Don’t look back now, Mrs. Lot. The entire Dead Sea is disappearing. The salt pillar commonly described in Israel as Lot’s wife, the biblical character punished for turning around to see the divine destruction of Sodom and Gomorrah, teeters precariously near the southern part of the Dead Sea. However, the kidney-shaped body of water once seen on postcards and maps no longer exists. The northern part of the sea is completely separate from the southern half, where the hotel and tourism areas can be found and whose water is now a series of industrial evaporation pools.
I traveled to what is known in Hebrew as Yam Hamelah, the Salt Sea, with my son during the Sukkot vacation last week, only half joking that I wanted to see it while it still exists.
Our trip was no usual one. We didn’t take touristy photos of people floating in the salty waters at the lowest spot in the world and we didn’t plaster ourselves with the black mud famous for its healing properties and for being one of Cleopatra’s preferred cosmetics. Instead, we took a sunrise boat excursion to learn more about the unique site, taking photos of the extraordinary formations and digging in the mud for black “salt diamonds.”
We were part of a small group guided by Noam Bedein, who heads the Dead Sea Revival Project and is passionate about saving the body of water. Bedein believes in environmental advocacy through education and for the past two years has been documenting the Dead Sea’s decline in a series of stunning photographs and time-lapse images. (Details of the boat tours and a selection of Bedein’s photos can be found on his website: Deadseastory.com.)
One of his well-documented geological landmarks, a huge salt column that began to emerge from the dropping water level of the sea two years ago, crashed a month before our visit, underlining the ever-changing – and precarious – nature of the area.
The column played a role in setting photojournalist Bedein on his new path as Dead Sea documenter and activist. Previously he established and ran the Sderot Media Center to draw attention to the southern town that has come to symbolize the rocket attacks from Gaza. Now he often takes the story of the Dead Sea’s beauty and woes abroad.
“At sunrise on a September morning in 2016 I captured this unique salt formation. As I got near enough to photograph it, I suddenly realized that I had documented this same formation only five months before, while it was mostly under water,” he recalls.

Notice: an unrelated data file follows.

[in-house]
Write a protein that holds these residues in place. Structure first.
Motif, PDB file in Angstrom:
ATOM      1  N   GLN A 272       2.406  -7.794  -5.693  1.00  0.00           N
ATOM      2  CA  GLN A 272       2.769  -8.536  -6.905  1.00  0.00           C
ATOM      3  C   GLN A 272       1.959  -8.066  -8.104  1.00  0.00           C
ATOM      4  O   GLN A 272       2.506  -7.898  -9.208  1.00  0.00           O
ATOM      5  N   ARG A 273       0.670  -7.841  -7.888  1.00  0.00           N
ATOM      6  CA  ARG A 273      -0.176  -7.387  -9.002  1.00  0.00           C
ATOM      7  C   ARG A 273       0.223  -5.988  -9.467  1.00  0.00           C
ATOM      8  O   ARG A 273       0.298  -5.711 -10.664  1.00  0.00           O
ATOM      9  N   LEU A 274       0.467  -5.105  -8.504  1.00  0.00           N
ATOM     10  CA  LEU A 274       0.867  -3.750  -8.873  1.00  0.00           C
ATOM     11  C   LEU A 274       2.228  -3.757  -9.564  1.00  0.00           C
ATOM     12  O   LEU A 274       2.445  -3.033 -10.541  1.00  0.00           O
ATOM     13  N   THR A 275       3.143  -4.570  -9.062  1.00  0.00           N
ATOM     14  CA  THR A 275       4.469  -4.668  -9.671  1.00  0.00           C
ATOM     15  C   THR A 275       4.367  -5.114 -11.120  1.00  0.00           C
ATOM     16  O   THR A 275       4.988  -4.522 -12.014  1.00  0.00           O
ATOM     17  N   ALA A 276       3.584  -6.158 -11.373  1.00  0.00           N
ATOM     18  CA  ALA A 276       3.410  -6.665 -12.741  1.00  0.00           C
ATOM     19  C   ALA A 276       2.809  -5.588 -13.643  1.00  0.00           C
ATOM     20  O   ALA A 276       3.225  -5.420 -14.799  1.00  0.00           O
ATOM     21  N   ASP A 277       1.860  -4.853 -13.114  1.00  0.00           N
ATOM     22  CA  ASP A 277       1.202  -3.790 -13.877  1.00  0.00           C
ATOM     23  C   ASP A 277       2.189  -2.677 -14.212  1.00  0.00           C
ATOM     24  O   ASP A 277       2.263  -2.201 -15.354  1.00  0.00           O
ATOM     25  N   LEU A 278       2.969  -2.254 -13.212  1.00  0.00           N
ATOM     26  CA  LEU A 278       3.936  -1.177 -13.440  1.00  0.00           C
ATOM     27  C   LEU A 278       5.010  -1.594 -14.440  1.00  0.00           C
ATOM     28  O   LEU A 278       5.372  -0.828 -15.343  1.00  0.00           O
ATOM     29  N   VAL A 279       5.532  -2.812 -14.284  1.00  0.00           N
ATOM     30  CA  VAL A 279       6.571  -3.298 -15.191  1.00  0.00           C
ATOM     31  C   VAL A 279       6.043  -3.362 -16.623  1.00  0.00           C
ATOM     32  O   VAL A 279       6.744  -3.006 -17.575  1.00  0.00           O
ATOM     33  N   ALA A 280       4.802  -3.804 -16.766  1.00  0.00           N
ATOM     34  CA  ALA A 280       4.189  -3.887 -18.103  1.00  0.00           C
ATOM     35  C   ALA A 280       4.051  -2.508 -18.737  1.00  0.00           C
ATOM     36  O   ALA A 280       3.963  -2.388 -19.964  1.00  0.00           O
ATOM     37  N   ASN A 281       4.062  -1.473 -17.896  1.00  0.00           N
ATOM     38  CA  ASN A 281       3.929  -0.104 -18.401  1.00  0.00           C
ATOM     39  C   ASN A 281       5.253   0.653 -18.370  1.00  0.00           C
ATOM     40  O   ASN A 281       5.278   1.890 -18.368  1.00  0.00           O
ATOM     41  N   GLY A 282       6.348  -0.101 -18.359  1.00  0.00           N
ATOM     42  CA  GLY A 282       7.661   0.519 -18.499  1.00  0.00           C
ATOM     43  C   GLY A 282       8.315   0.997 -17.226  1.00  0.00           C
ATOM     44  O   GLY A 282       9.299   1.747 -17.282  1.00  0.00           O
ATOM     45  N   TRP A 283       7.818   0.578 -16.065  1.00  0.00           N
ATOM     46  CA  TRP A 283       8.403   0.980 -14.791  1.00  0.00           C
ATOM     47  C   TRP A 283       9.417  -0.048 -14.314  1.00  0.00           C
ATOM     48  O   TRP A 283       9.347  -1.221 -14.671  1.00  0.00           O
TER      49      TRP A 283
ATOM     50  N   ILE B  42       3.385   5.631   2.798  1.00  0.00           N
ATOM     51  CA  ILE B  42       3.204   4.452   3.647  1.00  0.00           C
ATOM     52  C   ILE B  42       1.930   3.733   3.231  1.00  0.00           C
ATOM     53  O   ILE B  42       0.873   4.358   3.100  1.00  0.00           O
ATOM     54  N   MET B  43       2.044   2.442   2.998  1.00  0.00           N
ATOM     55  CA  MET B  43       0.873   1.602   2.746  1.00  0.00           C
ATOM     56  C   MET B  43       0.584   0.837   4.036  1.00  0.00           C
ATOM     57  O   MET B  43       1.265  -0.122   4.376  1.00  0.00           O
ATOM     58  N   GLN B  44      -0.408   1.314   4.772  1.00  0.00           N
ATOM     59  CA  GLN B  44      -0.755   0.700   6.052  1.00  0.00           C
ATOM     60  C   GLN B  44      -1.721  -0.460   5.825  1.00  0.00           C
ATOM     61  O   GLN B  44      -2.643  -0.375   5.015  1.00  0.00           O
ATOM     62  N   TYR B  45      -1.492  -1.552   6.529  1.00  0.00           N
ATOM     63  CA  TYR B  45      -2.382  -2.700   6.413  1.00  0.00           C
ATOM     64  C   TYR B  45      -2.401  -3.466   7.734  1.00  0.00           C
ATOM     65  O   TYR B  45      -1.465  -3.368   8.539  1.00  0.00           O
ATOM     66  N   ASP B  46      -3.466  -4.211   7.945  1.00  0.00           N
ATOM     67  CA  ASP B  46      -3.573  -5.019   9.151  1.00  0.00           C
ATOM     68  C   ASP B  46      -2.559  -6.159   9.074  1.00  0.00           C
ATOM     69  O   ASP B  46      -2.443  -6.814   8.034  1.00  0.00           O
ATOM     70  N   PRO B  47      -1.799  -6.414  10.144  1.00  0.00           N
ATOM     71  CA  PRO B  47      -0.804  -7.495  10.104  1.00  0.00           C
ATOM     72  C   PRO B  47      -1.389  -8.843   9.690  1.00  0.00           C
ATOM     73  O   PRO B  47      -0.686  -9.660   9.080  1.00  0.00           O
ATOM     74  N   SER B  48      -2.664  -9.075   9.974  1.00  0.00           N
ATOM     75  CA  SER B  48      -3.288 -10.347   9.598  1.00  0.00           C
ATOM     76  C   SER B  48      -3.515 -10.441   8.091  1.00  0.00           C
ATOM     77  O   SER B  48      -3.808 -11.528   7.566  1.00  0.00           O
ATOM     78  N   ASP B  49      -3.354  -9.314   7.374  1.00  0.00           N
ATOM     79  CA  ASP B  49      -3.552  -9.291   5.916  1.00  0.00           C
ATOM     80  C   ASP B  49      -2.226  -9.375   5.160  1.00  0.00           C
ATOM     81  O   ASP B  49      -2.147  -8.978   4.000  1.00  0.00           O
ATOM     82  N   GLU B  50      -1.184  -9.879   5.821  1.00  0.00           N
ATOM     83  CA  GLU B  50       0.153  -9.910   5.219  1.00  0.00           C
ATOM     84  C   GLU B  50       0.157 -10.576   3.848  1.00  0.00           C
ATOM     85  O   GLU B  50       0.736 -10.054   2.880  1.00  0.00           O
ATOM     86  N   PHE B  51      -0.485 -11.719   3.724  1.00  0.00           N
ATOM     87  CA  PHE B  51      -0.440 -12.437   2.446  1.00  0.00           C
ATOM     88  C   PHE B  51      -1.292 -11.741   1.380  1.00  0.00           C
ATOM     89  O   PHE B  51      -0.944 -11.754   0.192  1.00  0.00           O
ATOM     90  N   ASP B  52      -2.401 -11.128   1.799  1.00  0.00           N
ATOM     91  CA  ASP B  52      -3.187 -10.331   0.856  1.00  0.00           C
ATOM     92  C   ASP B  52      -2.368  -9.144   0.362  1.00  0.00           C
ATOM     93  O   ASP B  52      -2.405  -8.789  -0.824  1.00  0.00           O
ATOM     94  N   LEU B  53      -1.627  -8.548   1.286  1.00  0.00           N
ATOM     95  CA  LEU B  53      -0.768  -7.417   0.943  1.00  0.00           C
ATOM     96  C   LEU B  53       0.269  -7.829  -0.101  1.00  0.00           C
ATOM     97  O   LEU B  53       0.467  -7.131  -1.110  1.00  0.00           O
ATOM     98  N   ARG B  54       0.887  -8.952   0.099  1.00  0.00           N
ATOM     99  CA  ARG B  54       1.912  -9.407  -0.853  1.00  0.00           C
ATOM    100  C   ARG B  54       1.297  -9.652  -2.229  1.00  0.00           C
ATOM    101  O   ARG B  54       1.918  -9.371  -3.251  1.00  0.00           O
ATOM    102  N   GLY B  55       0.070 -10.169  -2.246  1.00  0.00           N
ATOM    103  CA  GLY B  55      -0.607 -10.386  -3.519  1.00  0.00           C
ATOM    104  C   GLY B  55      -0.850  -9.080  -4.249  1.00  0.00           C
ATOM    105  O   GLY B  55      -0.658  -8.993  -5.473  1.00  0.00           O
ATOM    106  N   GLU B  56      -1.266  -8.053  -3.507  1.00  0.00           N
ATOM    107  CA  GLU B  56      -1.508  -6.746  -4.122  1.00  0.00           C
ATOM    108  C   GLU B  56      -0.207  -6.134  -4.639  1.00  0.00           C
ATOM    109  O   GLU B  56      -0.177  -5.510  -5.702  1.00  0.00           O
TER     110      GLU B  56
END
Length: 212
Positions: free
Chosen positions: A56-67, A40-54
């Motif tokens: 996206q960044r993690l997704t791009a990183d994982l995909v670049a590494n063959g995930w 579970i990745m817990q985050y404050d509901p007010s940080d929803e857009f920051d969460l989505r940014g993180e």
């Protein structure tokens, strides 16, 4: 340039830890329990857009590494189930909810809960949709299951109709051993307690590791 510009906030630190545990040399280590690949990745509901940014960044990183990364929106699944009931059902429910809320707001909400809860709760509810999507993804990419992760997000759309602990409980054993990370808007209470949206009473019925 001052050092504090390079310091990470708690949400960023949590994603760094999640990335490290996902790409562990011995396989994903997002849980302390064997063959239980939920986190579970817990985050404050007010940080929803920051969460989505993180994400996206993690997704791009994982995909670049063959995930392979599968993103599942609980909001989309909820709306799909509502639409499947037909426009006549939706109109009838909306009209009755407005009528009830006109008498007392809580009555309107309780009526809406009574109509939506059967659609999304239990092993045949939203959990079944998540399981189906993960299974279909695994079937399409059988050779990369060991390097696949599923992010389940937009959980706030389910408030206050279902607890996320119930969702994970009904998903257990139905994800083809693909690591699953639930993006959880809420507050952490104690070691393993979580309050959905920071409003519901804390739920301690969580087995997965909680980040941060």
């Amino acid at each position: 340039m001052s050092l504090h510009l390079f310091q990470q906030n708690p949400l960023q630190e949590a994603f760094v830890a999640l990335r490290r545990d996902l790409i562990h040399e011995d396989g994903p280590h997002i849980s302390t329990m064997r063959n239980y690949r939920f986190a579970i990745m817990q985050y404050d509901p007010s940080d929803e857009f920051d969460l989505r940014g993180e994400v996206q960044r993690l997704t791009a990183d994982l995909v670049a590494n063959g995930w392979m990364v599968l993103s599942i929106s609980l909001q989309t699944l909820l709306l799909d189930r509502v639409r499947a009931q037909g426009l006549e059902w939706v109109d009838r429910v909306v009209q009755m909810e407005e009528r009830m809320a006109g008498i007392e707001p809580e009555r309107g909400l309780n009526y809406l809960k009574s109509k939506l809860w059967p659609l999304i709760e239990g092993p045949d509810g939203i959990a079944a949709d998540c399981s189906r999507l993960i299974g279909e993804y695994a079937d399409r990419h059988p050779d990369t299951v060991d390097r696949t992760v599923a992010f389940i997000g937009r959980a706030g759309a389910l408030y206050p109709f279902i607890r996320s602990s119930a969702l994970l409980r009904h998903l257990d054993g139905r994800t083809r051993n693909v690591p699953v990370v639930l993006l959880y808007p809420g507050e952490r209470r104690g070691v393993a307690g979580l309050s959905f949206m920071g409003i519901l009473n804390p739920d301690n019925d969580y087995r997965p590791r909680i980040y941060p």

“Only when people see it, do they understand what it means when we say that the Dead Sea is drying out,” he adds, posing for a picture holding time-lapse images of the rise and fall of the salt structure.
The morning was full of surprises. In order to reach sites that are otherwise inaccessible, Bedein takes small groups out in a rubber dinghy skippered by Jacky Ben Zaken, a member of a nearby kibbutz, and equally intent on saving the Dead Sea.
Bedein prepared us for the fact that there are waves, some quite powerful, which bathers close to the shore don’t see. But we did not need to wear life jackets because in the (unlikely) event of an emergency we would float.
Using the Zodiac boat, our group of 10 was able to land on newly created and rarely visited beaches, some with “salt pearls” like a rough white sand, others with a moonscape scenery, multicolored layered rocks, and caves with salt stalactites that could have provided the backdrop for a fairy tale.
The tremendous loss of water is evident. “The equivalent of 600 Olympic pools of water are emptied every day from the Dead Sea,” says Bedein. This means the water level drops by about 1.5 meters a year. “The next generation is not going to know the Dead Sea as we know it,” he says. “Scientists reckon that by the year 2050, there will be equal quantities of freshwater and salt water and by then it will remain only as a small pool.”